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Porgy and Bess
Director: Otto Preminger (Dir)
Release Date:   24 Jun 1959
Duration (in mins):  146
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Cast: Sidney Poitier  (Porgy)
  Dorothy Dandridge  (Bess)
  Sammy Davis, Jr.  (Sportin' Life)

Summary: At Catfish Row, the courtyard home to a southern, African-American fishing community, the men shoot dice one evening while the women gossip about the wanton Bess, who for five years has lived with Crown, a local bully. The women declare that Porgy, a cripple who gets around on a cart pulled by a goat, is "soft on Bess," but Porgy denies this and laments that the life of a cripple is meant to be lonesome. When Crown and Bess come to the courtyard and Crown joins the dice game, Sportin' Life, a slick drug pusher, sells Crown some "happy dust," or cocaine, against Bess's wishes, and Crown snorts it. When Robbins, one of the dice players, wins his point, a fight ensues in which Crown kills Robbins with a blow. Bess sends Crown away to protect him from the police, then asks Sportin' Life for some happy dust. Sportin' Life suggests that they leave for New York together, but Bess turns him down in disgust. When the police arrive, Bess tries to take refuge with her neighbors, but they all turn her away. Desperate, Bess knocks at Porgy's door, he agrees to let her stay. Serena, the God-fearing woman who was married to Robbins, tries to collect money from the community to pay for her husband's burial, and although she refuses Bess's contribution, Porgy encourages the neighbors to be generous and Bess collects their offerings. When a white detective accuses old "honey man" Peter of the murder and threatens him, Peter reveals that he saw Crown kill Robbins. Peter is then locked up as a material witness until Crown is caught. The detective warns Serena that if Robbins is not buried by the next day, the board of health will turn his body over to medical students. After Serena pleads with the undertaker to accept the fifteen dollars she has collected and let her pay the rest when she earns it, and he agrees to bury the body. Bess continues to live with Porgy, and the neighbors soon notice that he is happier. One day, lawyer Frazier comes to give Bess a divorce from Crown so she can marry Porgy, for which Porgy pays him a dollar, but when Frazier learns that Bess never married Crown, he demands an extra half-dollar. When they balk, Frazier accuses them of living in sin, and Porgy reluctantly pays the amount. On the day of a church picnic, Sportin' Life again tempts Bess to go to New York and offers her happy dust, but Porgy threatens to break his neck unless he leaves Bess alone. Porgy then tells Bess that she is now his woman and she agrees to stay with him. After the picnic, Crown, who is hiding in the woods, confronts Bess when she is alone. She struggles to resist him, but when Crown kisses her, she embraces him and lets him carry her off. Bess returns to Catfish Row two days later and remains in a state of delirium for more than a week as Porgy tends to her. Peter, who has been released from jail, recommends that Porgy take Bess to the county hospital, but he refuses and instead asks Serena to pray for Bess. After reciting a prayer, Serena states that Bess will be well when the church bell strikes six times. The next morning, when the bell chimes, Bess comes out of her delirium and calls for Porgy. Realizing she betrayed him with Crown, Bess cries but Porgy forgives her. Although Bess confesses that she loses control when Crown touches her, she tells Porgy she loves him and asks him not to let Crown seduce her. He assures her that he will protect her from Crown and that she has a man now. When a hurricane hits after some of the men have gone out in their fishing boats, the people congregate at Serena's home, where Clara, a new mother, worries about her husband Jake. Crown also comes to the house where he taunts Porgy about his relationship with Bess, then laughs at those who are afraid of the storm. Anxious, Clara gives her baby to Bess and runs out in search of Jake, after which Crown also leaves, saying that he will be back for Bess. Following the storm, the community mourns for the lost men and Clara. When Serena tries to get Bess to give up Clara's baby, saying it needs a proper Christian raising, Porgy implores Serena to let Bess keep the child, and Serena relents. Later, Crown sneaks into the courtyard and goes to Porgy's window, and when Porgy awakens, they fight. When Crown draws his knife, Porgy throws him down, killing him. As the people repair their buildings from the storm damage, the detective returns with a coroner to find a witness to Crown's killing. Suspecting that Serena killed Crown for revenge, the detective questions her, but she has an alibi. The detective then orders Porgy to come to the jail to identify the body. Porgy refuses, not wanting to look at Crown, and Sportin' Life says that if Porgy looks at Crown's face, the dead man's wounds will begin to bleed, proving that Porgy killed him. The detective then carries Porgy into the police wagon as he screams that he will not look at Crown's face. Sportin' Life finds Bess crying and tells her that Porgy will "give himself away" and end up dying in jail. He offers her some happy dust, and after she accepts, Sportin' Life's talk of New York and living in a mansion appeals to her in her drugged state. Sometime later, the police bring Porgy back to the courtyard. He tells his friends that the wounds did not bleed when he looked at them and brings gifts he bought with money he won from shooting craps in jail. When he asks for Bess, however, the people scatter. He then sees Serena with Clara's baby and demands to know where Bess is. Porgy finally learns that Bess went to New York with Sportin' Life after he convinced her that Porgy would never return from jail. Stating that he cannot go on without Bess, Porgy starts off for New York in his goat cart, cheered on by his friends.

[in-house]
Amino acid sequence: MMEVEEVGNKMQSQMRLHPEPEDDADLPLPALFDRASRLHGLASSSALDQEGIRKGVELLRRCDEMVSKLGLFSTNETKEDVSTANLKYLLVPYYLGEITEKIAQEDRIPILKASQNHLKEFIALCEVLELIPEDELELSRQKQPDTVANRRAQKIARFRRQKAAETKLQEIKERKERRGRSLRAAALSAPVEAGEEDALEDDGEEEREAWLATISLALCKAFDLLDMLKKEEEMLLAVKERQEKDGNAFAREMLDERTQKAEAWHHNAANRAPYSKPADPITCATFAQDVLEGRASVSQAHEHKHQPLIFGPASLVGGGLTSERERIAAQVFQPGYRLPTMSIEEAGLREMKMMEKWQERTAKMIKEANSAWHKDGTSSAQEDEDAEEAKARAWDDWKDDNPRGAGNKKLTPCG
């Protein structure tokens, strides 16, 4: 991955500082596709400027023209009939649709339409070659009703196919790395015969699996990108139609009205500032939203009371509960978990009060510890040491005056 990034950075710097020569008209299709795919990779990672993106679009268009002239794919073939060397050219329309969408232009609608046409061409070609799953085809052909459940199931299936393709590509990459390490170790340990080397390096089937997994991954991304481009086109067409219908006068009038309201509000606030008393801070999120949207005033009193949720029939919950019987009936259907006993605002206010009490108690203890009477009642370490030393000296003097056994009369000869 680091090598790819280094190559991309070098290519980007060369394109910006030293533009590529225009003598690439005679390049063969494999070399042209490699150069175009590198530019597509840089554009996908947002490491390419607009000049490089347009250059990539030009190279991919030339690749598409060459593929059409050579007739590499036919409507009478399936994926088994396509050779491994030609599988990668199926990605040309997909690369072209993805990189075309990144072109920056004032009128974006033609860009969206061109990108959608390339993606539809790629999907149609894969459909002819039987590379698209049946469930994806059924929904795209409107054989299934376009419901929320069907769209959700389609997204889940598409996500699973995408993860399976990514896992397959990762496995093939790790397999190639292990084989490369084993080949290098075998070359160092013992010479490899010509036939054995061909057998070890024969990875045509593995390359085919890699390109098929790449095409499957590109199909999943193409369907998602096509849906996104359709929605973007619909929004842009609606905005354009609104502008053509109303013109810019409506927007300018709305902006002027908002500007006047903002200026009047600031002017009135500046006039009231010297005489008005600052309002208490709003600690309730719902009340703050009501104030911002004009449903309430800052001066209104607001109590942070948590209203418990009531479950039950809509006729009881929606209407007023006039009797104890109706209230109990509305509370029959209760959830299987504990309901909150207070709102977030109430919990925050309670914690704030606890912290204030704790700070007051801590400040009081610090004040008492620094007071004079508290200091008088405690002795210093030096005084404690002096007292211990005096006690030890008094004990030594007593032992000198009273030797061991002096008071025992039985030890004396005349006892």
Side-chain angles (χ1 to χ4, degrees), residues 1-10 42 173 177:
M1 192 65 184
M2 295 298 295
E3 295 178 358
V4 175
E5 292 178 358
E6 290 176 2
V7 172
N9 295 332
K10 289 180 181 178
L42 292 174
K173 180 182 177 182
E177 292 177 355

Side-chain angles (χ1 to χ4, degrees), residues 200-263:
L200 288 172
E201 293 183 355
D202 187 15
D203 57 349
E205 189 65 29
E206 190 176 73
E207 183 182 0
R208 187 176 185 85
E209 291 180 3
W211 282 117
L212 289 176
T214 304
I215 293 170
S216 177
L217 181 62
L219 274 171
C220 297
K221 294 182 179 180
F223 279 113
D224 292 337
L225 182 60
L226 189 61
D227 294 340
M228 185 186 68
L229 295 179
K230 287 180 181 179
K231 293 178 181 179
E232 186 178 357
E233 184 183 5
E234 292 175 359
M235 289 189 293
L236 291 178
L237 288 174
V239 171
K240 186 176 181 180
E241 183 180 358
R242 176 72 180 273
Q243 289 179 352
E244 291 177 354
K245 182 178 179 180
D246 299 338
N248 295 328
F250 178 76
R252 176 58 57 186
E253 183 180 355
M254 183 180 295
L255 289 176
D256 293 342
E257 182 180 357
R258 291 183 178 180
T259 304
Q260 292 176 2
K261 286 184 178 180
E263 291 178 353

Distribution Company: Columbia Pictures Corp.
Production Company: Samuel Goldwyn Productions, Inc.
Director: Otto Preminger (Dir)
  Paul Helmick (Asst dir)
Producer: Samuel Goldwyn (Pres)
  Samuel Goldwyn (Prod)
Writer: N. Richard Nash (Scr)

Subject Major: African Americans
  Drug dealers
  Romantic rivalry
Subject Minor: Accidental death
  Craps (Game)
  Drug addicts
  Fishing villages
  Nursing back to health
  Police detectives
  Rural life
  Undertakers and undertaking
  United States--South

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The American Film Institute is grateful to Sir Paul Getty KBE and the Sir Paul Getty KBE Estate for their dedication to the art of the moving image and their support for the AFI Catalog of Feature Films and without whose support AFI would not have been able to achieve this historical landmark in this epic scholarly endeavor.